Having a one day festival on New Year's Day is risky business. Not only because it's the biggest concentration of hungover people using the tried and true "hair of the dog" method of curing themselves, but also because it sets the standard for festivals for the next 365 days. It's a daunting task, but, once again, the legends at FIELD DAY and FUZZY AUSTRALIA stepped up to the challenge and pulled it off - almost - without a hitch.
In that spirit, we learned a few things from this year's Field Day that are worth taking into the new year - and none of them involve the gym.
DANCE MORE, LIKE GEORGE MAPLE
Plug into the latest music with our FREE weekly newsletter
In an all-silver get up that made Sydney's own George Maple look like she was truly from the future, her gleaming afternoon set could make anyone believe that she was indeed of another time. With electricity running through every member of the crowd, Maple commanded her audience with belting notes and gorgeous melodies. But, more than anything, her dance moves were truly of another planet. Dancing like the rent was due tomorrow, the energy that her and her two dancers exerted was more powerful and more invigorating than any of the other acts at the festival combined. Her freedom, her liberation and her sexuality expressed through bangers like 'Hero', 'Gemini' and the all-conquering 'Talk Talk' were almost tangible. It was truly something to behold.
PERSIST MORE, LIKE MURA MASA
Mura Masa may have copped the absolute worst luck of the day. Being a pre-festival must-see for most punters due to his colossal 2017 and Field Day housing one of his very first Australian shows, the hype was strong and, where he could, he delivered. Opening with 'Nuggets', complete with on-stage vocals from Bonzai, he entranced the crowd with his unique and trademark approach to electronic music. But then his sound cut out. NOT TO WORRY! As it was soon back on and he managed to belt out his Charli XCX collaboration '1 Night' with help from vocalist Fliss...only for the sound to cut out once again. As he sat on the front of stage with frustration and dismay, some of the eager crowd began to leave. A heartbreaking scene to witness.
But, the sound had managed to pull together for one last hurrah, and Mura Masa remained unaffected and made sure this last bang was worth it for those loyal fans still standing. And as people from all over flocked back upon hearing the opening notes of 'Love$ick', his tenacity, ambition and persistence proved more than worth it.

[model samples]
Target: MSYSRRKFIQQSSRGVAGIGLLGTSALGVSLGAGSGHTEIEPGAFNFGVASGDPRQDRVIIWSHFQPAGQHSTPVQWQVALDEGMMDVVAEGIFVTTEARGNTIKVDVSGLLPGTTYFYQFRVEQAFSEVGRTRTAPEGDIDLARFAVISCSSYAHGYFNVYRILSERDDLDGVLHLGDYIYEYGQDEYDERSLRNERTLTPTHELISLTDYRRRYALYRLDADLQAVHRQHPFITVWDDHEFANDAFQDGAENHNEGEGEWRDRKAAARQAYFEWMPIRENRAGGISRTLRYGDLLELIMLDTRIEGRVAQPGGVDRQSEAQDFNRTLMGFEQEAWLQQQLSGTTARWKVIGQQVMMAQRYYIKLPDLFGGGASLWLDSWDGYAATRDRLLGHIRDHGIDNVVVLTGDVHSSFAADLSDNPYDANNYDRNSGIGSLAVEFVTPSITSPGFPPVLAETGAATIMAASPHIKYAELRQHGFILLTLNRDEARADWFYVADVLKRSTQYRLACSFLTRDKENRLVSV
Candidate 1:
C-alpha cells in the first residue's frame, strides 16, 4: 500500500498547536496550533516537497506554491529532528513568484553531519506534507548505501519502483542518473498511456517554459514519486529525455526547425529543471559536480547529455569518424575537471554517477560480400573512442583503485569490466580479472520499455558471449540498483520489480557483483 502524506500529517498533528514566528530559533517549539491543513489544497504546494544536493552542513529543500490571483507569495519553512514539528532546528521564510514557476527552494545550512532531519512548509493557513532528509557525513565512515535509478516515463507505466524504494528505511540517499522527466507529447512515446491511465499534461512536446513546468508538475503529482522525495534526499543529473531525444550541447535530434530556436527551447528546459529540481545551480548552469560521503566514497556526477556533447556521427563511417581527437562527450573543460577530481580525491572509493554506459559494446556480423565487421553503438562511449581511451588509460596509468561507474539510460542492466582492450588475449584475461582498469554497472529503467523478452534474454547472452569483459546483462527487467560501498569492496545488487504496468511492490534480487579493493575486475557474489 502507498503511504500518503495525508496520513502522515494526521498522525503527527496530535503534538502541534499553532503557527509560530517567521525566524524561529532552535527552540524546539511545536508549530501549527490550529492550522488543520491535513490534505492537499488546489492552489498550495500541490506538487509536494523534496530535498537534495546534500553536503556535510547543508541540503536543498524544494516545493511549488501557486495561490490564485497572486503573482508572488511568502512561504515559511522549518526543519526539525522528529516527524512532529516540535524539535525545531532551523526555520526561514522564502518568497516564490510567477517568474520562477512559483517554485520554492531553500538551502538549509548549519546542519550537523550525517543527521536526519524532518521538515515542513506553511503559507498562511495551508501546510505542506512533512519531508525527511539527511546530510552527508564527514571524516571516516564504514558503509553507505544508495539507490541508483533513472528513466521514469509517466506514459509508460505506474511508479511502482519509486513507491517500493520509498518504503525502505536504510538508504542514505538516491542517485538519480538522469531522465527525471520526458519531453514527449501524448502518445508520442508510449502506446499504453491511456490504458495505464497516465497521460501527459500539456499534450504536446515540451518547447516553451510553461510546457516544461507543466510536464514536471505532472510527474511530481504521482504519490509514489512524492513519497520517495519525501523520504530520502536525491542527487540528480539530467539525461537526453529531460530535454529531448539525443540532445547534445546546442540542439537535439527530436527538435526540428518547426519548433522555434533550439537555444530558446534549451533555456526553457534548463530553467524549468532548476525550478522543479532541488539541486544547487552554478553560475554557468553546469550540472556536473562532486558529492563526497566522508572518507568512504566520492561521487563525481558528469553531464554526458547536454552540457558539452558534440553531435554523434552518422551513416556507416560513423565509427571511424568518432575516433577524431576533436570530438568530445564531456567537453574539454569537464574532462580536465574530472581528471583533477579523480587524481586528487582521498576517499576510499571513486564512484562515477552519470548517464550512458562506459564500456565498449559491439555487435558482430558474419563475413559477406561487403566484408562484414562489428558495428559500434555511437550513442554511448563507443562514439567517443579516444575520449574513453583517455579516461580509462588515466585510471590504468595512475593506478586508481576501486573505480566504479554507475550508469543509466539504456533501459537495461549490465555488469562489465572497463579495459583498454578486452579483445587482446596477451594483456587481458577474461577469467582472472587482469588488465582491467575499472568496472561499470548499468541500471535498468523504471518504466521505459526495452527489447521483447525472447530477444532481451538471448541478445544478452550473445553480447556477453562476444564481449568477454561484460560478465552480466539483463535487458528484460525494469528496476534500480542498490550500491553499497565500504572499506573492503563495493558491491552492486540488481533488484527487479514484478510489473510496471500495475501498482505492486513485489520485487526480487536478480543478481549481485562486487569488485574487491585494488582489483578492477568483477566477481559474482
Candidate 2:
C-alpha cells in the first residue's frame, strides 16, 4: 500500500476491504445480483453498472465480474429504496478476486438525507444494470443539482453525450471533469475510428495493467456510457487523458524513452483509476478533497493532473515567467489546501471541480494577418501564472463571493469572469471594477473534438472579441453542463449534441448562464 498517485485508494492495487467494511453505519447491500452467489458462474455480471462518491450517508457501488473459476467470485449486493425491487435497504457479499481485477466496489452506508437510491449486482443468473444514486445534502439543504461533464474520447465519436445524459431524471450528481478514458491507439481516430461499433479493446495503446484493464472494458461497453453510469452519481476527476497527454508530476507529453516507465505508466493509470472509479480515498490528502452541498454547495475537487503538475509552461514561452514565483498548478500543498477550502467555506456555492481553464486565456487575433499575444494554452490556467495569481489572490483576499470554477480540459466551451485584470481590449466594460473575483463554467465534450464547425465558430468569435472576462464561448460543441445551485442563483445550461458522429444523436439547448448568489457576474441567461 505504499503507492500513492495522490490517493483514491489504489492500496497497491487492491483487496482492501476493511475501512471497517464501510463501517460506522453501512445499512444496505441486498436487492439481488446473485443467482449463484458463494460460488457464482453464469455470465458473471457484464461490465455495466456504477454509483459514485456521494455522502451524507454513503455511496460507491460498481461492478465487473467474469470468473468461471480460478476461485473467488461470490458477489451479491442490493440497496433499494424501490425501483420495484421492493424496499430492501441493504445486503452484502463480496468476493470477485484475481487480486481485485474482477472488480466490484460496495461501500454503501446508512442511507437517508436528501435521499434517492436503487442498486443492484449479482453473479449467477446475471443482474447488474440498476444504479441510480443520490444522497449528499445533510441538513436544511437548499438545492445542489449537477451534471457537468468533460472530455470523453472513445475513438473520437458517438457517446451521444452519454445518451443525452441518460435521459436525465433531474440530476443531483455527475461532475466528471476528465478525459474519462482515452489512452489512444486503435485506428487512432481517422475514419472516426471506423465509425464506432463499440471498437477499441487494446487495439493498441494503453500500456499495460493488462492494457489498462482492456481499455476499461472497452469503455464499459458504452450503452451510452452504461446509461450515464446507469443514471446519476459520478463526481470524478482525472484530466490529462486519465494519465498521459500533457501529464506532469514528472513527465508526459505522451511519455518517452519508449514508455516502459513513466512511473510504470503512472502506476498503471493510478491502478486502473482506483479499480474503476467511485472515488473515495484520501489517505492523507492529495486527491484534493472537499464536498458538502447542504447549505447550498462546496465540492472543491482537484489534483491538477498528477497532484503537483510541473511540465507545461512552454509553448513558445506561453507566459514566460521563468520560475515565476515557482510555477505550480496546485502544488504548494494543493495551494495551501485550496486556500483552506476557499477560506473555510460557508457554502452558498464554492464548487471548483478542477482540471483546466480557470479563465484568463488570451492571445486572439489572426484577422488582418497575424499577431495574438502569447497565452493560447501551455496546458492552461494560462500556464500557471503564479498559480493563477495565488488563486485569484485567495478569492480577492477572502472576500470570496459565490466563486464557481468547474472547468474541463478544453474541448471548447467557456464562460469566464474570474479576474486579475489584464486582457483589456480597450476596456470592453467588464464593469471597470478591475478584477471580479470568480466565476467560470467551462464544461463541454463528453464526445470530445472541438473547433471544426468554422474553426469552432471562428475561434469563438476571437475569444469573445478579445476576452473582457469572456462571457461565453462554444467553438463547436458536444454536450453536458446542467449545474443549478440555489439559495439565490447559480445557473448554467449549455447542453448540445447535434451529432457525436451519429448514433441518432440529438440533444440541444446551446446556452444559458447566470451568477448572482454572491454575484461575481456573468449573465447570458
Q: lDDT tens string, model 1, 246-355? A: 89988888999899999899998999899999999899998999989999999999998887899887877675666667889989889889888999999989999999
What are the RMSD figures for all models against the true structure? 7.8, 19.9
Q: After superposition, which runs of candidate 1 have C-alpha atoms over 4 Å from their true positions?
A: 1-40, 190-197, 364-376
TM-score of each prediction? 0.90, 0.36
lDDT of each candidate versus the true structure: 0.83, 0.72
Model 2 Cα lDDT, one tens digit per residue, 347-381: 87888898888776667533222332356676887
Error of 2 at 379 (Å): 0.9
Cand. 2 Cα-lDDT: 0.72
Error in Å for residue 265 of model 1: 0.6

REALISE THAT WOMEN WANT TO PLAY FESTIVALS TOO
We shouldn't be able to count on one hand the amount of women that played Field Day, but here we are. Do better.
BE MORE GRATEFUL, LIKE STORMZY
There's a reason that Stormzy is widely considered one of the nicest men in rap. With a beaming smile that completely illuminated the festival's main stage, and in between his massive hits 'Big For Your Boots', 'Cold' and his 'Shape Of You' remix, the grime legend did not, for one second, stop thanking his Australian fans who have consistently shown him so much love. He reminisced about his iconic Splendour in the Grass set and kept pushing about how we - not he - were going to make 2018 great. Shedding a tear just thinking about it.
SHOW MORE LOVE TO YOUR FRIENDS, LIKE FLUME
We don't need to talk about just how good Flume's headlining set was - he's not our most successful modern music export for nothing. But, one thing to be admired about Flume is that his love for his colleagues, collaborators and, most importantly, friends never goes un-showcased. Given the fact that both KUČKA and VINCE STAPLES were playing the festival already, it seemed inevitable that a live, on-stage rendition of Flume's smash 'Smoke & Retribution' would go ahead - and it did to a thunderous roar from the infinite crowd. The chemistry that all three artists - from seemingly different worlds - shared was almost palpable and was truly a glorious way to bring the massive day to an end.
BELIEVE IN YOURSELF MORE, LIKE VINCE STAPLES
With little more to his set than a vivid, orange background and his energetic silhouette, Vince Staples simply was doing what he does best - commanding any crowd and proving why he's one of the greatest. As the crowd danced, jumped and screamed through 'BagBak', 'Big Fish', 'Norf Norf' and 'Señorita', Staples didn't let his energy go for a second. He didn't have crazy theatrics, his light show was minimal and he was up there completely by himself - but that didn't matter. His enthusiasm, explosiveness and unrelenting presence was all he needed to make sure his set was, quite simply, the best of the day.
Words by JACKSON LANGFORD
Photo by GABRIELLE CLEMENT